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UMFULA: Uncertainty reduction in models for understanding development applications

The UMFULA project (meaning ‘river’ in Zulu) aims to support decision-making through providing new and more reliable information about climate processes and extremes in Central and Southern Africa.
Future Climate for Africa


The UMFULA project (meaning ‘river’ in Zulu) is providing new insights and more reliable information about climate processes and extremes in Central and Southern Africa. UMFULA is a partnership with agencies and universities in Tanzania and Malawi, linking the climate information to development decisions with medium- to long-term consequences, specifically those relating to water and agriculture. UMFULA is part of the Future Climate For Africa programme, running from 2015 to 2019.

Objectives and approach

Higher quality, more useful information about the future climate and its impacts

Global climate models cannot currently capture, in full, the complex drivers of central and southern Africa’s climate. To gain a better understanding of how the climate could evolve in the future, UMFULA is investigating which models most effectively simulate the regional climate. Our goal is to have a clearer description of how the climate will change over the next 5–40 years, and how these changes will vary from region to region. Our results will improve the understanding of potential changes in water availability, which is relevant for planning investments in water infrastructure and agriculture.

Making climate information more accessible and tailored for planners

A changing climate in the next few decades will affect some of the infrastructure and development programmes that are being designed and financed today. However, for now, climate information is seldom used in planning processes. UMFULA aims to address this gap. With an understanding of which decisions are made, by whom, and how, the project team will use new climate information to target and inform planning processes.

Supporting robust decisions for an uncertain future

The climate is one aspect of a country’s future which is uncertain: other examples of future uncertainties include aspects of international trade and commodity prices, and political cycles. Planners need to make decisions about their country’s future in the face of such uncertainties, and with imperfect information. At a country or regional level, climate scientists may foresee future trends in rainfall, temperatures and related impacts, such as sea level rise, droughts and flooding. However, even with information on trends, scientists cannot predict exactly when, where and how changes in the climate will happen. As part of the UMFULA project, researchers and decision-makers partner in a collaborative dialogue to identify critical vulnerabilities and thresholds where climate change may pose unacceptable risks to planned development activities. The team supports a range of actors involved in development decisions to evaluate future climate scenarios and identify various adaptation options. Decision-makers can use this information to consider which options are most appropriate to help them fulfil their medium to long term planning goals.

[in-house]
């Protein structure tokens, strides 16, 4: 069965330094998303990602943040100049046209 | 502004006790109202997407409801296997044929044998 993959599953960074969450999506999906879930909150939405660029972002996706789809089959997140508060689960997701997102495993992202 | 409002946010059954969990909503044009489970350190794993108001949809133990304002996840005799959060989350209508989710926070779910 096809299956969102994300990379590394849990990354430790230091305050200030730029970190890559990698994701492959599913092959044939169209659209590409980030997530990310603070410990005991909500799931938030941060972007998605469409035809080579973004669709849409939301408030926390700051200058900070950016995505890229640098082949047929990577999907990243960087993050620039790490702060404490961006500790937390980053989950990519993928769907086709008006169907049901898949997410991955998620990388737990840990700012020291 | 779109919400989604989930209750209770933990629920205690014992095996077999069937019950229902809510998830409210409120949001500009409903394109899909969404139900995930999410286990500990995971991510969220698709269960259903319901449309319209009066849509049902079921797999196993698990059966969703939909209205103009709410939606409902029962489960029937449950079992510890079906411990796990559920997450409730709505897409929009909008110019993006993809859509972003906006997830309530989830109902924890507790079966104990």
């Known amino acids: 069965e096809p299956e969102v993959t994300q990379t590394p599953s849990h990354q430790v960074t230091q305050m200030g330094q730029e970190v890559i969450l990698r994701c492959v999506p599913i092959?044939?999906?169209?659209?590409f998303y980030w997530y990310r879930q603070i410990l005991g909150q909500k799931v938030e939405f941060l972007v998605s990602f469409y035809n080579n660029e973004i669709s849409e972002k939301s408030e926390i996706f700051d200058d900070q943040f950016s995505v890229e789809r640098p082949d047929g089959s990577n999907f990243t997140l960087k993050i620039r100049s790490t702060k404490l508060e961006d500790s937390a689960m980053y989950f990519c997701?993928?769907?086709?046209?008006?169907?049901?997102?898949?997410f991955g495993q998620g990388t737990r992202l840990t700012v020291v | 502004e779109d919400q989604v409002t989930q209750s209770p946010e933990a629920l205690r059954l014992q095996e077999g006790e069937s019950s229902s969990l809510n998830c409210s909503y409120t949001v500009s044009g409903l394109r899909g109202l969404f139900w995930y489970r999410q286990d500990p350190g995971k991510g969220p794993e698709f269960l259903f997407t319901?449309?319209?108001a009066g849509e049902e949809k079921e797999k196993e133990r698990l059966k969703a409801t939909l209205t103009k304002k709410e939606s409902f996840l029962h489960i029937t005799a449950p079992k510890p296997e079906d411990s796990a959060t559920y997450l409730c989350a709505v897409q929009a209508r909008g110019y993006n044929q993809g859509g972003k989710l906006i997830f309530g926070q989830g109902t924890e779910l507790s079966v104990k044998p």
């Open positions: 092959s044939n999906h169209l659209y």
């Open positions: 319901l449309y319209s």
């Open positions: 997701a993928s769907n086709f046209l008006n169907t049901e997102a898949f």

Case studies

Rufiji river basin, Tanzania

The Rufiji produces half of Tanzania’s river flow, supplying water for 4.5 million people, water for irrigation and livestock and generating roughly 80% of the country’s hydropower. Many different stakeholders across multiple sectors are affected by planning and decisions about the industrial and agricultural investment required to meet the 2025 Development Vision aims.

Lower Shire river basin, Malawi

Water availability is critical in southern Malawi. Pressures on water resources are projected to increase as a result of climate change, combined with population growth and development. The hydropower, agriculture, and environment sectors are all linked to water resources. The team explores various uncertainties, including climatic and socio-economic changes, that could affect water availability to then identify robust adaptation decisions.

Sugar and tea industry in Tanzania, Malawi and Kenya

Tea and sugar are highly climate-sensitive crops and climate change could affect their production and quality in the region. They are also very important for export. UMFULA is exploring how climate information can support investment decisions and adaptation options in these two sectors.


  • Grantham Research Institute on Climate Change and the Environment (London School of Economics and Political Science) – UK
  • Kulima Integrated Development Solutions – South Africa
  • University of Oxford – UK
  • University of Cape Town – South Africa
  • Sokoine University of Agriculture – Tanzania
  • Lilongwe University of Agriculture and Natural Resources – Malawi
  • University of Leeds – UK
  • Council for Scientific and Industrial Research – South Africa
  • University of Manchester – UK
  • University of KwaZulu-Natal – South Africa
  • University of Sussex – UK
  • University of Dar es Salaam – Tanzania
  • University of Yaoundé – Cameroon


Professor Declan Conway, principal investigator: [email protected]

Ms Estelle Rouhaud, project manager: [email protected]

Dr David Mkwambisi (in Malawi): [email protected]

Professor Japhet Kashaigili (in Tanzania): [email protected]


UMFULA is one of the five research consortia which form the Future Climate for Africa (FCFA) Programme, jointly funded by the UK Department for International Development and the UK Natural Environment Research Council.

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